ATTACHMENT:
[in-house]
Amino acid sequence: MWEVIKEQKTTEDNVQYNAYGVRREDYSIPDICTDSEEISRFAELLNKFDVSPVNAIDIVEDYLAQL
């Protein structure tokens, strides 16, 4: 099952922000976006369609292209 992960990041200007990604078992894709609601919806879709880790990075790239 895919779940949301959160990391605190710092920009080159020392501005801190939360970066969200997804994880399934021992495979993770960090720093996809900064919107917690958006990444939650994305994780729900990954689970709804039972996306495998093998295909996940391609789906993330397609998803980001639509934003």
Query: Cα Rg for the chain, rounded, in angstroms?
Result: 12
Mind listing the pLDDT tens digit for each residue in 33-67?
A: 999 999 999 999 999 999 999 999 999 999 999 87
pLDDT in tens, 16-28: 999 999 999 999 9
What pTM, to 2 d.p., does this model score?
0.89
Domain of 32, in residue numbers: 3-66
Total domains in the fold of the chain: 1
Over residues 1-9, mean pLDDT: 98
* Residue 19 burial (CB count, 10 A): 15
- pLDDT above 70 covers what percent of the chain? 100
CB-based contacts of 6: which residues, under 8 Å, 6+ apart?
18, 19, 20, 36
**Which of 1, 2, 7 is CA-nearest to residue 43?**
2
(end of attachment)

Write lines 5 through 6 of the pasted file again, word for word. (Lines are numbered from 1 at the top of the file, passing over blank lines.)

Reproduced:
Result: 12
Mind listing the pLDDT tens digit for each residue in 33-67?